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Singles Reviews- September

15 songs. 15 artists. 15 ways to avoid boredom.

1. Song: The Abrazo Lift

Band: The Cinderleaf

Genre: Emo Rock

Album:  N/a

Label: N/a

Website: www.purevolume.com/thecinderleaf

Bottom line: Excellently done. Get it now.


"The Abrazo Lift" bursts out of the starting gate with gruff yet palatable vocals. This is about the only time that the vocals are most important, because the production on this song is such that the focus is off vocals and on other instruments –especially drums and guitars. Due to this style, the band creates a groove very efficiently- even when it's just drums and bass, the song feels intense and urgent. The two guitars work together very well in the verses, and especially well during the bridge, where they have an unexpected call-and-response dialogue.  That dialogue leads into the climactic last chorus: two great guitar lines, double-tracked vocals, and flailing drums. Red Animal War would be proud to call this song their own. 


2. Song: Song Two and a Half

Band: Abbadon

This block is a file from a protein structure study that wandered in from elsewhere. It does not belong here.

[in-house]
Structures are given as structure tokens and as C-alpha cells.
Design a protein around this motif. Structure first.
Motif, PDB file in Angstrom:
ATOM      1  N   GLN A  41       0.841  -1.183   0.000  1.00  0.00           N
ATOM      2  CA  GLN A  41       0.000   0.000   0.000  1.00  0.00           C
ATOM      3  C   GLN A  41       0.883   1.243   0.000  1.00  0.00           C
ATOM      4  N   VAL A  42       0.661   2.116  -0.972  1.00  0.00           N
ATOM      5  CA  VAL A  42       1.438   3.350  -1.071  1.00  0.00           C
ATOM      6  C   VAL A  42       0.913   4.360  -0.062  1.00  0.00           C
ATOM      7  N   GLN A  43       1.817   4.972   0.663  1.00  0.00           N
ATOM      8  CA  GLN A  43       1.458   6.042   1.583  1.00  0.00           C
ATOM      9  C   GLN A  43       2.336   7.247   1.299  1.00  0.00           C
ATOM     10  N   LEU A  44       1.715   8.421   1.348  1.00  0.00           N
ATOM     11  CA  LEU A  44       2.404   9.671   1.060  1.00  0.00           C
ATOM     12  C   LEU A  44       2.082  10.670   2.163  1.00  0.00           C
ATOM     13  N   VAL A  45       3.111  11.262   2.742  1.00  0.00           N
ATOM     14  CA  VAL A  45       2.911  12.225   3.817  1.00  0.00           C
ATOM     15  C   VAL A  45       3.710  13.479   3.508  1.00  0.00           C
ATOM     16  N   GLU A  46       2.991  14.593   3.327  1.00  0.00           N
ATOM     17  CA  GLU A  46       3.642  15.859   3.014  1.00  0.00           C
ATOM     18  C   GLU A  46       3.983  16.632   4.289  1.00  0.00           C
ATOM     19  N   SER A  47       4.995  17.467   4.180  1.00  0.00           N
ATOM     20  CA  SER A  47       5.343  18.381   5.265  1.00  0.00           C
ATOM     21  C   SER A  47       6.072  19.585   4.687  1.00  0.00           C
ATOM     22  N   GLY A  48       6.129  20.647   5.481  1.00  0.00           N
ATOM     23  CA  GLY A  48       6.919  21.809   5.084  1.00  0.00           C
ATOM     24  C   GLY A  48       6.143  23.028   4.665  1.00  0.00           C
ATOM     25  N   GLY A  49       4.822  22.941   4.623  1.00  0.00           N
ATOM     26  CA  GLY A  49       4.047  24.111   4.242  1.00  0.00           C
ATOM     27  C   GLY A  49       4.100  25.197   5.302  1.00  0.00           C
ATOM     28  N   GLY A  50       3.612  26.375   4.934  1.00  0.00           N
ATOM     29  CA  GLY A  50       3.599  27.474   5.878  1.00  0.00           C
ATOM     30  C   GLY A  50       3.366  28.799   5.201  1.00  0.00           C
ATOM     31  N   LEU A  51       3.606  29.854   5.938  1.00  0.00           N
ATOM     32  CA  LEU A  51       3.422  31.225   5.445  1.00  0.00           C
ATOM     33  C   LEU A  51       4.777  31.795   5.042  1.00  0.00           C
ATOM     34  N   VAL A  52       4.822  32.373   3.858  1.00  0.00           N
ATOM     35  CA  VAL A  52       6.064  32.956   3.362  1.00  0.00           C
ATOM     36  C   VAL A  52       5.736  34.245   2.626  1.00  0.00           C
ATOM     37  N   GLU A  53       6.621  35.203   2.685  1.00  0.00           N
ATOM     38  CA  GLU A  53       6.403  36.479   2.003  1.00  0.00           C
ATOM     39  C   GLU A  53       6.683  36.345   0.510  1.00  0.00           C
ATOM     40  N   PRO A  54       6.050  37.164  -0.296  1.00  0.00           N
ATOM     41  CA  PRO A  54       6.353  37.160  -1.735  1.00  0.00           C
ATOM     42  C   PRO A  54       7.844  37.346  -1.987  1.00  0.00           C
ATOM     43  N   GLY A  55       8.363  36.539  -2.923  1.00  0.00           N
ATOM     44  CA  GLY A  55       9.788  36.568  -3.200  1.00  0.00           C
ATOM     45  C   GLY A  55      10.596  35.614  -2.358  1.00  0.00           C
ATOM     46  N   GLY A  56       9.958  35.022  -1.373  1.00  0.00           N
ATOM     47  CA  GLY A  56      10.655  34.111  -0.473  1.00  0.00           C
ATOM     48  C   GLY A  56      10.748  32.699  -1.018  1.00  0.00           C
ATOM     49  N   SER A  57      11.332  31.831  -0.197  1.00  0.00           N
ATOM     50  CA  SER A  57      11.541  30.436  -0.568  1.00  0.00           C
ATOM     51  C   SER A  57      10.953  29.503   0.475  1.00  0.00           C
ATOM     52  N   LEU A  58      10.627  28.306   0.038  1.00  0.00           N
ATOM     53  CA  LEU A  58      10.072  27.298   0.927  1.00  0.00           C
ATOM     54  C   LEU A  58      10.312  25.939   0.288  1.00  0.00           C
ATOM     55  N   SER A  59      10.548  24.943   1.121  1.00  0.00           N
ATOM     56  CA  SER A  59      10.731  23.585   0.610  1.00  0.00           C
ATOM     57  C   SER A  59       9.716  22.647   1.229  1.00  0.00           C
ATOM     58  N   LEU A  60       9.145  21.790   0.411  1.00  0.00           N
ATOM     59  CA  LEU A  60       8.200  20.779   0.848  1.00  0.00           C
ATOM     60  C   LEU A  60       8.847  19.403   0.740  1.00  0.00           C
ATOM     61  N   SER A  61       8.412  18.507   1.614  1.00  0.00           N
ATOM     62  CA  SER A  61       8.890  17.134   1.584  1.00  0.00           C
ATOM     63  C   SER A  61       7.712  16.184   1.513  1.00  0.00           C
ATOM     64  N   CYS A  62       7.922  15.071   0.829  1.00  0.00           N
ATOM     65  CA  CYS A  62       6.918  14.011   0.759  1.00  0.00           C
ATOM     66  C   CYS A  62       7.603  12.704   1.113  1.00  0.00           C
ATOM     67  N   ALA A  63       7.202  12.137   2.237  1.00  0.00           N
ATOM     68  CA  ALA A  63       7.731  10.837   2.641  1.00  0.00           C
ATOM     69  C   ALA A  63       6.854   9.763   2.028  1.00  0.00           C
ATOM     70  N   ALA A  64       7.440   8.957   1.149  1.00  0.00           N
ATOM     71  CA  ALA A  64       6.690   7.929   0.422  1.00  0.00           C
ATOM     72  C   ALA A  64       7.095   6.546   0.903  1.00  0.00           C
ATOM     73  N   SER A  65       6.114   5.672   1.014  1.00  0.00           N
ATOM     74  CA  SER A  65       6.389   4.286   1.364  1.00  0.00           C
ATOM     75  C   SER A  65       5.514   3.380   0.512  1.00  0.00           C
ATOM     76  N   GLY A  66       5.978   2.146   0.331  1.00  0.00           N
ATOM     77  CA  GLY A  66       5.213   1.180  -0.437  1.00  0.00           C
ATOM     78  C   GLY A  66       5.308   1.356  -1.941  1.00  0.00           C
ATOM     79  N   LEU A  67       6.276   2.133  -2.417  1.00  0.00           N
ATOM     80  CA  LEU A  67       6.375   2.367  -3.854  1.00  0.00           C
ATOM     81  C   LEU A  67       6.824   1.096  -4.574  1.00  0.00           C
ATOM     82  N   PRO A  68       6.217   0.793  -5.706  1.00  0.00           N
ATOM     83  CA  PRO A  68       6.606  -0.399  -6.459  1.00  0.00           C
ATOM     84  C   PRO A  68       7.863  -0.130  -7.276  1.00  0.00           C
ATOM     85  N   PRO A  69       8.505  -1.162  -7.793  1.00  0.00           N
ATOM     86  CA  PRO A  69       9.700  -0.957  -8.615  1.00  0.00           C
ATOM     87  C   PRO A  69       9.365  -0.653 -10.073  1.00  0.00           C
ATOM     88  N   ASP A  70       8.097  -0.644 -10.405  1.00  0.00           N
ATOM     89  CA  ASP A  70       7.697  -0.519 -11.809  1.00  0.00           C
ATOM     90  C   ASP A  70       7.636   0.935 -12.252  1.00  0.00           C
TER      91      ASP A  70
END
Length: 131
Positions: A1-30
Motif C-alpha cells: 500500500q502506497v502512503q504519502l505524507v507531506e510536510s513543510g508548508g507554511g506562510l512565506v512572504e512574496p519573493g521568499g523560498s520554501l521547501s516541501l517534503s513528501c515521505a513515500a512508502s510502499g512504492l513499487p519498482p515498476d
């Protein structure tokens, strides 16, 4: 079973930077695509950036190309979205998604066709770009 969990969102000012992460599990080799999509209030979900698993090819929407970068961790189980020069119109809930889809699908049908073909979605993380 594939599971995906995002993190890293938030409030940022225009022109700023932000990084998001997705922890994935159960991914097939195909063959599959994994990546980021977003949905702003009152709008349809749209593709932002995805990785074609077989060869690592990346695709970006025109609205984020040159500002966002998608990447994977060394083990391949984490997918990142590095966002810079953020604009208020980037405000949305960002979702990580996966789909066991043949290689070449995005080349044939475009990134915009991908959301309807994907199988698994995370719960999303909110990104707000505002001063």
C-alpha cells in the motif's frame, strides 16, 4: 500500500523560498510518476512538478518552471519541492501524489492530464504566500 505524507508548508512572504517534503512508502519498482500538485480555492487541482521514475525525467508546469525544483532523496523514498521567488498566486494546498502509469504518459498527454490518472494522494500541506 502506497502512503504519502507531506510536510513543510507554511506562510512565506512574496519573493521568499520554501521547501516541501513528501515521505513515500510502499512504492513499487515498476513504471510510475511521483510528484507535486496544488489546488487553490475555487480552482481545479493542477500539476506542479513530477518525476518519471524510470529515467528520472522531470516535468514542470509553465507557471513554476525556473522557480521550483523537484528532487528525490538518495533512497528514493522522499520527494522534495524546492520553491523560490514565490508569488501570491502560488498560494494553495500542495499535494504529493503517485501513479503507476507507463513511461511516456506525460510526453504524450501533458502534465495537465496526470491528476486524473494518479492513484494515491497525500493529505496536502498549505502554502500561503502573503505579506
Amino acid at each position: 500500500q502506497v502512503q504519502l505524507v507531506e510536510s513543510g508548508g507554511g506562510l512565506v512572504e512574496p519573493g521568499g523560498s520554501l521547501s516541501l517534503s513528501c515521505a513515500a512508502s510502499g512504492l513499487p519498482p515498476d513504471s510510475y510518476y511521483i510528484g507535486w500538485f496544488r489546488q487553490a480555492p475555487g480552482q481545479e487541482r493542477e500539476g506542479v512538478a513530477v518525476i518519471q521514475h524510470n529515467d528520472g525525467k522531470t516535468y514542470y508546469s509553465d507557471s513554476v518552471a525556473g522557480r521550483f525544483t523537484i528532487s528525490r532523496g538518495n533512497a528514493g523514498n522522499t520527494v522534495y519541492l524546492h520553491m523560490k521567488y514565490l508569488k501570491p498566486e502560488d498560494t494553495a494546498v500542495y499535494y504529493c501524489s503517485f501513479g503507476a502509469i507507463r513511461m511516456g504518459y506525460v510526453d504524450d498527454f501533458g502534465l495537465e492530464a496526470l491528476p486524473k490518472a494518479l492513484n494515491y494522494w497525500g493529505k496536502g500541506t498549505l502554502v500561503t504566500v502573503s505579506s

Genre: Rock
Album: Abbadon EP

Label: N/a

Website: www.abbadonmusic.tk 

Bottom line: Unique rock sound that incorporates a sax.
Less is more is definitely not Abbadon's slogan. They throw a LOT of stuff into "Song Two and a Half", including an excellent blues guitar solo, funky basslines, saxophone interludes, mellow music, grungy guitar settings, and raspy vocals sound like a dull razor- you know the meaning is there, it's just clouded a bit by the dullness. All of that blends cohesively, somehow, to make a uniquely Abbadon experience. You won't hear this type of rock anywhere else- it's sort've like my own personal Dave Matthews Band. Abbadon is going places- you should go with them.

3. Song: Carnivaurs

Band: Big Brother

Genre: Art Rock
Album: Dreamnesia

Label: N/a

Website: www.purevolume.com/bigbrother

Bottom line: This is pure and unadultered pretentious-rock bliss.

This mish-mash of a song starts out with synth noises under a sample of a robotic voice chanting the three slogans of "The Party" from the novel 1984. If you're not aware, Big Brother is also from 1984, effectively making this song (this album?) a concept piece about the novel. The song is a mix between Radiohead's contorted rock on OK Computer, Billy Corgan's feeble, terrified whisper in "Eye" by the Smashing Pumpkins, and the crunching, thumping electro-static of Nine Inch Nails. Fuzzed-out guitars lay the base for pianos, synth noises, wispy vocals, and other instruments that cultivate an air of doom and gloom that will make you beg for more. This is inacessability at its finest- this is pretentions at their highest- this is art rock at its extremes. You will not be dissappointed if you like art at all- Big Brother is the torchbearer for the new-wave Art Rock.